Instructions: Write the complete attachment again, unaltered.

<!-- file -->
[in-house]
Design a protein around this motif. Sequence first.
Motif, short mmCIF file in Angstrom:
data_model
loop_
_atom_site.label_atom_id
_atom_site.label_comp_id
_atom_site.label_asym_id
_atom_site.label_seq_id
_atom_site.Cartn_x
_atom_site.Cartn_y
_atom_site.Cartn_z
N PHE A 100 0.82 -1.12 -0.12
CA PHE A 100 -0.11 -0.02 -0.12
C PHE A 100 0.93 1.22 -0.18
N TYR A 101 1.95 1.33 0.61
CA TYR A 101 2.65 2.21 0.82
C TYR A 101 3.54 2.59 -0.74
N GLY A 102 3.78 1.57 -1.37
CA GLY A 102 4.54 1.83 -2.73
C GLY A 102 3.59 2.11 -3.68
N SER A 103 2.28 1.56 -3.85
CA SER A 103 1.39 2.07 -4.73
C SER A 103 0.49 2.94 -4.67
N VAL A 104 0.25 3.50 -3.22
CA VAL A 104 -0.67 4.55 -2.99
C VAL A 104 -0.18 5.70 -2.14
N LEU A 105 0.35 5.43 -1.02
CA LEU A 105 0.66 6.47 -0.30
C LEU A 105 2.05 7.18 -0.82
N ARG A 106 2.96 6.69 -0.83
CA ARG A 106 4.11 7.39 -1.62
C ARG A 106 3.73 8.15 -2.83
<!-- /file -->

[in-house]
Design a protein around this motif. Sequence first.
Motif, short mmCIF file in Angstrom:
data_model
loop_
_atom_site.label_atom_id
_atom_site.label_comp_id
_atom_site.label_asym_id
_atom_site.label_seq_id
_atom_site.Cartn_x
_atom_site.Cartn_y
_atom_site.Cartn_z
N PHE A 100 0.82 -1.12 -0.12
CA PHE A 100 -0.11 -0.02 -0.12
C PHE A 100 0.93 1.22 -0.18
N TYR A 101 1.95 1.33 0.61
CA TYR A 101 2.65 2.21 0.82
C TYR A 101 3.54 2.59 -0.74
N GLY A 102 3.78 1.57 -1.37
CA GLY A 102 4.54 1.83 -2.73
C GLY A 102 3.59 2.11 -3.68
N SER A 103 2.28 1.56 -3.85
CA SER A 103 1.39 2.07 -4.73
C SER A 103 0.49 2.94 -4.67
N VAL A 104 0.25 3.50 -3.22
CA VAL A 104 -0.67 4.55 -2.99
C VAL A 104 -0.18 5.70 -2.14
N LEU A 105 0.35 5.43 -1.02
CA LEU A 105 0.66 6.47 -0.30
C LEU A 105 2.05 7.18 -0.82
N ARG A 106 2.96 6.69 -0.83
CA ARG A 106 4.11 7.39 -1.62
C ARG A 106 3.73 8.15 -2.83